When wondering what to give someone, cookbooks are probably not at the top of most lists but they are an incredible gift. They can be referred to continually and help to make healthy dishes that will be loved by family and friends. I asked our food and nutrition columnists Anouk Booneman and Theresa DeLorenzo for suggestions and have a surprise from Jim Gazzale. As an aside, all of these are great gifts if you are in a pinch because both Amazon and Barnes and Noble will send these to your home in one day.
Anouk on right with cooking partner Danielle Maslowsky
Food rules: An Eater’s Manual by Michael Pollan
Michael’s Pollan’s food philosophy has laid the foundation of the workshops that Danielle Maslowsky and I give: Spring Into Health. In our workshops we follow this plan: Eat food. Not too much. Mostly plants. This book is one of our favorites. It lays out straightforward rules for eating wisely. And easy and fun read. For those who want to read more about Michael Pollan's food philosophy we also recommend his book The Omnivore's Dilemma: A Natural History of Four Meals (it also comes in a young readers edition for teens). This book will change the way you look at food.
Saladish by Ilene Rosen with Donna Gelb
This book is the 2019 winner of the James Beard award for the best book of the year in vegetable-focused cooking and rightly so. Not all the ingredients are readily available but in our workshops we tell people to not be slaves of a recipe. Omit or swap with another ingredient. It will definitely inspire you to elevate your daily salads.
The First Mess Cookbook: Vibrant Plant Based Recipes to Eat Well Through the Seasons from Laura Wright. Laura Wright has a blog called First Mess. Check it out first. If you like her seasonal recipes definitely get this book. It will definitely help you cook with seasonal and local vegetables.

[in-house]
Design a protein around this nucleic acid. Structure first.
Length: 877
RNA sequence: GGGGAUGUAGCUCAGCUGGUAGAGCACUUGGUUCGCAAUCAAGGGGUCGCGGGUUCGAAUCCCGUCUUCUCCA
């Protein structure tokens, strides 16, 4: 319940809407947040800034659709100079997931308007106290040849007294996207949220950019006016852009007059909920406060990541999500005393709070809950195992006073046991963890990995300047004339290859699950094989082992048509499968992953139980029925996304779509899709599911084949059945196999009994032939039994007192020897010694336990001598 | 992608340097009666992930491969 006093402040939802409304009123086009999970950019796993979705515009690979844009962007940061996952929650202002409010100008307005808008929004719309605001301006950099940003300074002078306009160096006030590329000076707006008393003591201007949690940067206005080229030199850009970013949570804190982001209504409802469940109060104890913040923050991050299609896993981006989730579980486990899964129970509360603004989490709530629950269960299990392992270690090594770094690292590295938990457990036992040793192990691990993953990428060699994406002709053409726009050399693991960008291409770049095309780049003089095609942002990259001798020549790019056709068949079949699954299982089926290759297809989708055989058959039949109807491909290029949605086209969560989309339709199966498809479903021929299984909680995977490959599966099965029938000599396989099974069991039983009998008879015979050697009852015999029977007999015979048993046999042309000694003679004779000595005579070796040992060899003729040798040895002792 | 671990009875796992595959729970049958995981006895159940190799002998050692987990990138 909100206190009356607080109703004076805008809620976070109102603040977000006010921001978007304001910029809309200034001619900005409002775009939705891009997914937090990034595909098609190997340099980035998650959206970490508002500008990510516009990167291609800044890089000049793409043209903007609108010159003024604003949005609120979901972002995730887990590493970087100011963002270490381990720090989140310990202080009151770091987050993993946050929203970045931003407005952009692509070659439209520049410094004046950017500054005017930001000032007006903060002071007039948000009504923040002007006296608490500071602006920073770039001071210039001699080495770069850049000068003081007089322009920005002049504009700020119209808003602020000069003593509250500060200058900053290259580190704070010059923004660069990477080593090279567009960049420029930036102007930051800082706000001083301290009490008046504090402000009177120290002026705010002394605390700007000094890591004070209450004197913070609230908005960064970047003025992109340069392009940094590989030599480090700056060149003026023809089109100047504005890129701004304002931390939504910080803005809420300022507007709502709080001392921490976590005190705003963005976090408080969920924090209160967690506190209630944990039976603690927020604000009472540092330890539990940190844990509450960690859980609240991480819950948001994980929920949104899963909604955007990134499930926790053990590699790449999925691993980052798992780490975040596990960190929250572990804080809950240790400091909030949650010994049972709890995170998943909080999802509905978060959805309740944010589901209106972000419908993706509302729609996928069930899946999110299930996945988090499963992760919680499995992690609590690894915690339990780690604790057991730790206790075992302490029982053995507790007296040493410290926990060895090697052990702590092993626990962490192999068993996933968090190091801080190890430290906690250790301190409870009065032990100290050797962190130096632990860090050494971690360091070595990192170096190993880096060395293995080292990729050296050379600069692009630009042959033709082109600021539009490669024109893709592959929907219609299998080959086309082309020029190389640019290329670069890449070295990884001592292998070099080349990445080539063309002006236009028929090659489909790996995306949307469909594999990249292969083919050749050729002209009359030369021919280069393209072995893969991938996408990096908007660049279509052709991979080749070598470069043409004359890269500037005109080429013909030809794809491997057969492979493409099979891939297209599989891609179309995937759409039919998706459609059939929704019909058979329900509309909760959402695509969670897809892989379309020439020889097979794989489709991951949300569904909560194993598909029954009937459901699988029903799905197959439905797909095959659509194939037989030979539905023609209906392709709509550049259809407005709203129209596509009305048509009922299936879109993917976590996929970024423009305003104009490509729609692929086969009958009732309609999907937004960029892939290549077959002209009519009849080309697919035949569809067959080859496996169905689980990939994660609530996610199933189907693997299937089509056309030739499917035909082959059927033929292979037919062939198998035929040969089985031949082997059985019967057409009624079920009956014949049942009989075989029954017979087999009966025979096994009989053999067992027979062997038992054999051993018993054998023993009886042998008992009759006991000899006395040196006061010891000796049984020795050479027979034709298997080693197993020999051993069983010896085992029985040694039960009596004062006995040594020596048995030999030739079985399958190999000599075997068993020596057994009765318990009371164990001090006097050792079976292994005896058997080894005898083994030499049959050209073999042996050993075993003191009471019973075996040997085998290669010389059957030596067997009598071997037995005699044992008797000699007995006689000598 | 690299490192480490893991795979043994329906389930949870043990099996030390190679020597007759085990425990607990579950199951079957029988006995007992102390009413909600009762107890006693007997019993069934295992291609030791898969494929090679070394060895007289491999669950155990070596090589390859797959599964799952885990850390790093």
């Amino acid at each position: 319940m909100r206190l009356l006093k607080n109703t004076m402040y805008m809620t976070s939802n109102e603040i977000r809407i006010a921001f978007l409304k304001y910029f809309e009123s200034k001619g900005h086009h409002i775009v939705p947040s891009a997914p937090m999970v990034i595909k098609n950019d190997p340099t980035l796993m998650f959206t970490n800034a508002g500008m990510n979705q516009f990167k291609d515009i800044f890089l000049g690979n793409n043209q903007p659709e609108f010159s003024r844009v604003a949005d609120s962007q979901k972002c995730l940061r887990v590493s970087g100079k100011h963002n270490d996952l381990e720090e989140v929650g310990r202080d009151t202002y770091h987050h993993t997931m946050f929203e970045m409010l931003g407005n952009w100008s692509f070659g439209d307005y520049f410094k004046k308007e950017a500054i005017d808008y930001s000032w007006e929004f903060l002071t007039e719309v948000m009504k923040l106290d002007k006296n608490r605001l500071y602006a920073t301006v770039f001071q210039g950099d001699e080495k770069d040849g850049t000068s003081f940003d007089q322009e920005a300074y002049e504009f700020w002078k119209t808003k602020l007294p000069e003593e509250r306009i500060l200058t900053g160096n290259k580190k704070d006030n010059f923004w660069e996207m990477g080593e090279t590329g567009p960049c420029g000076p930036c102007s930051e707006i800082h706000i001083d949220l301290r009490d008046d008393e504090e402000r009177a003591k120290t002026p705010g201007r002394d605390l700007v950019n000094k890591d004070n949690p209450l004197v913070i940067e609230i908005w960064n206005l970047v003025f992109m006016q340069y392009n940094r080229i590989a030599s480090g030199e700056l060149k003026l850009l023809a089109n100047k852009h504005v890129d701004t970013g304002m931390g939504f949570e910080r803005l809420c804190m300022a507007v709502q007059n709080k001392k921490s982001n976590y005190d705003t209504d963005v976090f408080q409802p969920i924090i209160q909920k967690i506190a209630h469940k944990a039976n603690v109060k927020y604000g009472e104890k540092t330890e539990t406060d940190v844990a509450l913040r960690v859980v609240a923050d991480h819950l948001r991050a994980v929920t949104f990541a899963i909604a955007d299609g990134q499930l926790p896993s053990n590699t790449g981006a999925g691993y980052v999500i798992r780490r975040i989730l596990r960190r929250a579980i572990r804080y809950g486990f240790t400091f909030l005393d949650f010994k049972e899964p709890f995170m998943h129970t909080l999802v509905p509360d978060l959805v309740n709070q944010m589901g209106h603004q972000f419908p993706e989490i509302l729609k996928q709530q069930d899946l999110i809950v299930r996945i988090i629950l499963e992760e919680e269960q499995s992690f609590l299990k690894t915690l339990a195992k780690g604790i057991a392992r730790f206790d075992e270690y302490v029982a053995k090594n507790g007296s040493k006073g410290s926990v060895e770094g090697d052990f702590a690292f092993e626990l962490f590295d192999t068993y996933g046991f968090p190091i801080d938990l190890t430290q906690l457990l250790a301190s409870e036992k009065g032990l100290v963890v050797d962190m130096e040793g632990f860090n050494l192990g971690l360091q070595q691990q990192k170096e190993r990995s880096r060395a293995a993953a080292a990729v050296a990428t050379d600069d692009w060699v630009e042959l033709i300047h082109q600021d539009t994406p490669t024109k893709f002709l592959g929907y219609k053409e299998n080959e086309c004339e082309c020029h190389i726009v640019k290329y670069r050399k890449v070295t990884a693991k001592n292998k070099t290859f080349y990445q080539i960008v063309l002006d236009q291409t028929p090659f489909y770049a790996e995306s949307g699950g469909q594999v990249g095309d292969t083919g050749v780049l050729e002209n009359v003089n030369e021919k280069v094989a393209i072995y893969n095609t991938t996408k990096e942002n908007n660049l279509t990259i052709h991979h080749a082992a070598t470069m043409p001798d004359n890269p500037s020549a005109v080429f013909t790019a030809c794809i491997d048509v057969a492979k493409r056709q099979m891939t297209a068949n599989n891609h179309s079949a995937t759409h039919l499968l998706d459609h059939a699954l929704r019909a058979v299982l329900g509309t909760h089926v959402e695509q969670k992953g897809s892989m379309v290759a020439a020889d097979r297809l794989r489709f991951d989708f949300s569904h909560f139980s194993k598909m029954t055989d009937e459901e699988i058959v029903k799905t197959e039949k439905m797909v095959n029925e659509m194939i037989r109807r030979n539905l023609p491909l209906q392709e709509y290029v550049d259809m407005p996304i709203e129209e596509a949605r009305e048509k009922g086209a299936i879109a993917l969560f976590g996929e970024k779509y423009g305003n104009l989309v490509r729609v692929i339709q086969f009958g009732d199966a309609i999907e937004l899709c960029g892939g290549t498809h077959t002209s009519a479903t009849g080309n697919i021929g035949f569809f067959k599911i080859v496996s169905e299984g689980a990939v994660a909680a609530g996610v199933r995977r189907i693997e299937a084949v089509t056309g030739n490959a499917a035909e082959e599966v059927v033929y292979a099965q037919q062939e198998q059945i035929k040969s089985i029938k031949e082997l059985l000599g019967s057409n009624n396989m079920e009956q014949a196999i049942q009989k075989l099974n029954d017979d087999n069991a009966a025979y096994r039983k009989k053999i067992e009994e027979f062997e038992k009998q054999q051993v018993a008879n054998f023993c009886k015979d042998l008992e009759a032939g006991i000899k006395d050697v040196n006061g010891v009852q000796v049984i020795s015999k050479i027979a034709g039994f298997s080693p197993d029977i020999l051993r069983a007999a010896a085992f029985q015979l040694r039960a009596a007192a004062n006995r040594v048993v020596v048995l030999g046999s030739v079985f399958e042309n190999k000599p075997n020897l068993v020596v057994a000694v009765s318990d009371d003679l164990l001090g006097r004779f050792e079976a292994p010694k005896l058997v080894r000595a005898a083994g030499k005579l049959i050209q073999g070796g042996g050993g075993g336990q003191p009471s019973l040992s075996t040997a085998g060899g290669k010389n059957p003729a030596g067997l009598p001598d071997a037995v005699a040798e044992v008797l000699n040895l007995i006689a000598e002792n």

Six Seasons: a New Way with Vegetables by Joshua MC Fadden.
Must have for fresh vegetable lovers and CSA-Community Supported Agriculture members. One of my favorites. Amazing textures and flavor combinations. Recipes are not too difficult to follow.
Anything from Molly Katzen but I especially like her recipe books for kids like "Pretend Soup and Other Real Recipes: A Cookbook for Preschoolers and Up" or "Honest Pretzels: and 64 Other Amazing Recipes for Cooks Ages 8 & Up"
Anything from Ottolenghi. Yes you need to have all his books! but maybe start with "Ottolenghi Simple: a Cookbook" with Recipes that Can be Made in 30 Minutes or Less, with Ten or Fewer Ingredients. "
"Vegetable Butcher: How to Select, Prep, Slice, Dice and Masterfully Cook Vegetables from Artichokes to Zucchini" by Carla Mangini. In beautiful photographs the author shows you how to “butcher” vegetables: how do you break down a butternut squash? How do you chiffonade kale? How to peel a tomato. Amazing recipes as well. This year I will purchase a few as gifts.
Theresa with her daughters
Although Theresa has recommended some writers such as Marathon runner Shalane Flanagan for great cookbooks, we would like to highlight the exceptional works Theresa has written, her most recent being Healthy Holiday, which is available as an eBook or in print. We will preview the first three pages of this superb cookbook available at Nutrition for Optimal Performance where you can explore her works, which all are great for the holiday season or for good, healthy food throughout the year. Her recipes include a note about what nutrients they provide and why they are so healthy.
Click on picture below to see Theresa's other 5 books
And as our last treat, Jim Gazzale, who writes the column Food for Thought has a free cookbook for you if you go to his site! Click on Jim’s picture above.